Weeding Your Vegetables
It’s every gardener’s dream to have a beautiful weed-free garden. Weeds compete with vegetable plants for water, sunlight and nutrients, affecting the garden’s yields. Weeds can also invite pests and some even carry viruses. Left to grow unchecked, weeds can shade seedlings and become so numerous that they crowd out desired plants altogether.
What are Weeds?Weeds are simply plants that are not wanted - or at least not wanted where they’re growing. Many weeds are wildflowers and others are wild foods. Weeds are naturally prolific, resilient and suited to local growing conditions: they’re survivors.
While weeds are undesirable in the garden, they serve many useful purposes elsewhere. They cover bare ground and prevent erosion, for example. Weeds also provide food and shelter for birds and beneficial insects. If space permits, it’s a good idea to leave a “wild” spot in your garden – not too close to the vegetable garden - where weeds are welcome.
Preventing WeedsIf you turn over soil in the garden, within days you’ll have weeds growing. Weed seeds can remain dormant in the soil for years. Once brought to the surface, with a little water and sunlight, they’ll grow. Therefore, the first step in weed prevention is to disturb the soil as little as possible. No-till growing methods are advisable for this reason.
Be sure to destroy weeds before they flower and go to seed, which will multiply your problem, especially if weeds are added to the compost pile at this stage. A compost pile must be hot enough (60-71°C, 140-160°F) to kill the weed seeds.
Don’t leave areas of bare soil in the garden. Plant vegetables closely together – without overcrowding, of course – to eliminate spaces where weeds can grow. Practise interplanting and succession planting to keep beds full, productive and as free from weeds as possible.
Crop rotation also helps keep weeds from taking over a section of the garden, as some crops are better at weed control than others. Mulch around plants, making sure that organic mulch is 2.5 to 7.5 cm (1 to 3 inches) deep, to prevent weeds. Plant a cover crop such as buckwheat or winter rye in beds that are fallow to prevent weed growth. Both of these cover crops are “allelopathic” – they contain natural growth inhibitors that release toxins which suppress the growth of certain weeds.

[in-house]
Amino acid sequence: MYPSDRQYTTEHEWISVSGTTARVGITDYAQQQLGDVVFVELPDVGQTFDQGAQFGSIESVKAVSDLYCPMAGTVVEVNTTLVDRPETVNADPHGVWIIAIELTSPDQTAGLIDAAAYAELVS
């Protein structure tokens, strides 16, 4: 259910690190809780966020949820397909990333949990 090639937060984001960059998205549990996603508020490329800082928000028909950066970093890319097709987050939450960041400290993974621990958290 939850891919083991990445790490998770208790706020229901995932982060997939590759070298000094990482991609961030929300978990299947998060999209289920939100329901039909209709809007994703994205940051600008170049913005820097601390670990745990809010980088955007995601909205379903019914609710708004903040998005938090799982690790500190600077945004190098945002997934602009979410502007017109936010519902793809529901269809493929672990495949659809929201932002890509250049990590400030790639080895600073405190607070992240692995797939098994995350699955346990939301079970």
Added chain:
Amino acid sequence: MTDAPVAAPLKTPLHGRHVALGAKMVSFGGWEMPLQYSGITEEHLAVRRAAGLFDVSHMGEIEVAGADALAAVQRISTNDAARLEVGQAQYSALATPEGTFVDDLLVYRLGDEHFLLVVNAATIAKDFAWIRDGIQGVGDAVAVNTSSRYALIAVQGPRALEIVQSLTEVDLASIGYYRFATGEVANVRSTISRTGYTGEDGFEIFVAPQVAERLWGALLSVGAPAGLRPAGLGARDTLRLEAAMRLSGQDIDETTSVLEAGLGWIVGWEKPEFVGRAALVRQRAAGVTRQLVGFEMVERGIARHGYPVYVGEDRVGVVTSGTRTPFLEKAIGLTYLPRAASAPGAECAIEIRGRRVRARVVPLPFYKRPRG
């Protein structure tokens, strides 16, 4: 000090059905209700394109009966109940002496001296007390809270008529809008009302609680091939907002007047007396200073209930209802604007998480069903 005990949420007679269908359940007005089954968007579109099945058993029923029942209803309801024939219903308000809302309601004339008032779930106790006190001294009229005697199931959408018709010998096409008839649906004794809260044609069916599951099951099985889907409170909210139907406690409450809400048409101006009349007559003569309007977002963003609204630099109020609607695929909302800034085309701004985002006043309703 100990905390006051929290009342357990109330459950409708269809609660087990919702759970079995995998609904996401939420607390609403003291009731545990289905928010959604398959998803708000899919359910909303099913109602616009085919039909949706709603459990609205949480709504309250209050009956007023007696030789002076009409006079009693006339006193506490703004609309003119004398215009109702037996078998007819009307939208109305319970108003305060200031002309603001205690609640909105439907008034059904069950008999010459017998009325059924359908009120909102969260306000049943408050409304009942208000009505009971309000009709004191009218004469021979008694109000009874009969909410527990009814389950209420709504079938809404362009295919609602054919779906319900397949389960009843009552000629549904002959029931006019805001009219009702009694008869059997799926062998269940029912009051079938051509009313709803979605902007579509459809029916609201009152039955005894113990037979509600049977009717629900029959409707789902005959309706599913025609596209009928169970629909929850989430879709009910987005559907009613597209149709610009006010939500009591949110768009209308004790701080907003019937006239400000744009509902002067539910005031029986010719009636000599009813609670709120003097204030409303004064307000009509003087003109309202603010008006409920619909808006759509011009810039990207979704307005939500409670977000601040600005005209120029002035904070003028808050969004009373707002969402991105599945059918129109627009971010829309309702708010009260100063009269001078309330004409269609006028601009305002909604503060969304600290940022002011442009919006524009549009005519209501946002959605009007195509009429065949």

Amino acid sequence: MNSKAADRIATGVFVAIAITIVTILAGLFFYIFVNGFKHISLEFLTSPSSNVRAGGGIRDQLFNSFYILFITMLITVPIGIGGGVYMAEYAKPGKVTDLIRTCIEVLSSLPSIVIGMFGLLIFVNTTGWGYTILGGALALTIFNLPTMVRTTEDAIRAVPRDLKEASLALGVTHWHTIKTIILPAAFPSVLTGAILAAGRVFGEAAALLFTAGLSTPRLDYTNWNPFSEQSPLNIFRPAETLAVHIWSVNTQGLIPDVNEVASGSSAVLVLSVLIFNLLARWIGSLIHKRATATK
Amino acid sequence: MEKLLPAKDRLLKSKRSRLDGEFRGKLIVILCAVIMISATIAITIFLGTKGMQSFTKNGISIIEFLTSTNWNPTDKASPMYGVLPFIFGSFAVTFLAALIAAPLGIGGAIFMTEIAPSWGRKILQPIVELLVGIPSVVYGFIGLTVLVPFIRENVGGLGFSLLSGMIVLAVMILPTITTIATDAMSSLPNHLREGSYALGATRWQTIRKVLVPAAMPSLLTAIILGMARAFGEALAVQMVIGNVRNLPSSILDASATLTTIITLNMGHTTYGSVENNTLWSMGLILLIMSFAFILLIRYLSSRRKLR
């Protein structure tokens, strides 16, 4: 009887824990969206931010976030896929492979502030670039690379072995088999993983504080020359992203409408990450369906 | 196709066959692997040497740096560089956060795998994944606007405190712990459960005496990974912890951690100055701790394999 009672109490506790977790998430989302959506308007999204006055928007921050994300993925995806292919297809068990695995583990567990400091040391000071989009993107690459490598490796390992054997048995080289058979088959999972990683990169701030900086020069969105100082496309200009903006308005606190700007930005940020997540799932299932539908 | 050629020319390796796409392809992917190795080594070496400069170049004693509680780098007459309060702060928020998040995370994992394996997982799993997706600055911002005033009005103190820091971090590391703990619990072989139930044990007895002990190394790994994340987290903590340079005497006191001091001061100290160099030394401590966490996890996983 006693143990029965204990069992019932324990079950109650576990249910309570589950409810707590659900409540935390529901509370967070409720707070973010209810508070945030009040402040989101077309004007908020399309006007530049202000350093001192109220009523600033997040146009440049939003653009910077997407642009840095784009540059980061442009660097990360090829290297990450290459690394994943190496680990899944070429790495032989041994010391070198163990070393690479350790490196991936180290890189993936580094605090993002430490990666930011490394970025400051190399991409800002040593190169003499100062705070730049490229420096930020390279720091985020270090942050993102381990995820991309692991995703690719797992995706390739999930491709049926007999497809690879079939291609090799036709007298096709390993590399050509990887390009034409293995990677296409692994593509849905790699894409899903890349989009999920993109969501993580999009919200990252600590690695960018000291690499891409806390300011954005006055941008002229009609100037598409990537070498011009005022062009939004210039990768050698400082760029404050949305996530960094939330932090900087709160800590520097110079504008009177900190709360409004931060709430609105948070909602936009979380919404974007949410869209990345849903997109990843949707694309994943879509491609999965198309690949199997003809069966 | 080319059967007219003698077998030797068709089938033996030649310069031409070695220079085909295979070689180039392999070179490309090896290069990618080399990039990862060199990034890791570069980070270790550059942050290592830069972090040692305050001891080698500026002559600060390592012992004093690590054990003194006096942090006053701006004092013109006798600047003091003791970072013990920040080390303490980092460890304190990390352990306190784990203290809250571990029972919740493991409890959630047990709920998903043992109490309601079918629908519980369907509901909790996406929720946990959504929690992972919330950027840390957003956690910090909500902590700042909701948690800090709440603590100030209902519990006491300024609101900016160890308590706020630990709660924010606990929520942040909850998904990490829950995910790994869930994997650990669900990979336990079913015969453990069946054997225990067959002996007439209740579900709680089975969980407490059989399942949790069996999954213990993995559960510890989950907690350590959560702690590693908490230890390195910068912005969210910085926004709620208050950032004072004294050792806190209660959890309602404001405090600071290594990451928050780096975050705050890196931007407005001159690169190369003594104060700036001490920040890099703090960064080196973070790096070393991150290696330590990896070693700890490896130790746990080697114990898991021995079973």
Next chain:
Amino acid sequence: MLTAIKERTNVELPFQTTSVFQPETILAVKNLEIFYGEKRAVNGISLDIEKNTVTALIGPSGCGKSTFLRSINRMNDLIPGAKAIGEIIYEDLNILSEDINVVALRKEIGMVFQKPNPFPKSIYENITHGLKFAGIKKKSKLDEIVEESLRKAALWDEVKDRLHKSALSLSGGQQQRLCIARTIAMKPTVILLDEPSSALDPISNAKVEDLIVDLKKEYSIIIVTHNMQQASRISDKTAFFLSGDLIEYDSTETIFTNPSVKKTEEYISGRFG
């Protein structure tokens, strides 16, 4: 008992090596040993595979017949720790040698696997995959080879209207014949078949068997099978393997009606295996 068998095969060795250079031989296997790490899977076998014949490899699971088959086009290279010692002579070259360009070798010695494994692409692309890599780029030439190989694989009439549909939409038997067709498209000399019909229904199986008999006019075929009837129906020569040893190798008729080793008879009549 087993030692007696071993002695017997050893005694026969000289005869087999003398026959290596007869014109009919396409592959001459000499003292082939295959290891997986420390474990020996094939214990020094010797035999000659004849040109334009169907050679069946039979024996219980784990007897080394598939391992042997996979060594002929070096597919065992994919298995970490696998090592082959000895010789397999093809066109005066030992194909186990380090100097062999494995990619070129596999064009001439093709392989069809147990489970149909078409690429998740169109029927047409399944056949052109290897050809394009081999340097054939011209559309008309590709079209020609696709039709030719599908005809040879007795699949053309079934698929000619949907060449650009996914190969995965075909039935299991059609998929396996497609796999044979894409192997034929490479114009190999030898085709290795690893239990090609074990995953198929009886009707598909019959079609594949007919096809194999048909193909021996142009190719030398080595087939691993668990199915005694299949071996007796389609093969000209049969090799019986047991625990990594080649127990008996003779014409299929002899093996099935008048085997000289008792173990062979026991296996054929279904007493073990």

Target your watering using soaker hoses, drip irrigation, watering cans and container watering systems. Weeds need water to grow: watering with a sprinkler will water weeds as well as garden plants.
When and How to WeedWeed before planting and when seedlings first emerge, to get them off to a good start. If you keep weeds in check for the first month after your seeds sprout, your plants will be large enough to compete with weeds that come up later. After that, weed as often as needed to prevent weeds from taking hold. The key is to get rid of weeds while they’re small – it’s a lot less work!
Use a hoe to stop emerging weeds. A stirrup hoe - so called because it looks like the stirrup on a horse’s saddle - is a good choice for weeding. It’s operated with a back-and-forth motion which requires little effort, and it cuts weeds just below the soil’s surface. It also causes minimal disruption to the soil and doesn’t stir up dormant weed seeds. Weeding with a stirrup hoe may be done when the soil is dry. Then any tiny, uprooted weed seedlings can be left to wither away in the sun.
For larger established weeds, hand pulling is advised. Grab the weed from the base of the stem, and make sure to pull it out root and all. It’s best to pull weeds after it rains: the roots, even large tap roots, will come out more easily. A hand cultivator – which has fork-like tines – can be used, but it may disturb the soil, creating more weeds. A garden trowel may help dislodge a deep or stubborn root.
Be sure to discard pulled weeds: left in the garden, they may take root again, especially in wet weather.
Types of WeedsWeeds can be annuals or perennials. Annuals complete their growth cycle in one season and don’t have deep roots. Annual weeds can be controlled as long as they are destroyed before they flower and produce seed. Perennials can be much harder to remove and may have large taproots, rhizomes or stolons (runners) that are much more difficult to eradicate. Even a small piece of root remaining after a perennial weed is pulled may produce a new plant.
- Be careful when weeding around crops: don’t cultivate too closely to shallow-rooted vegetables or you may damage their roots
- Don’t mulch with hay, or you could end up with a garden full of weeds. Salt marsh hay doesn’t have weed seeds, but it’s expensive
- Be careful to distinguish between weeds and vegetable seedlings – they can look a lot alike! Mark rows well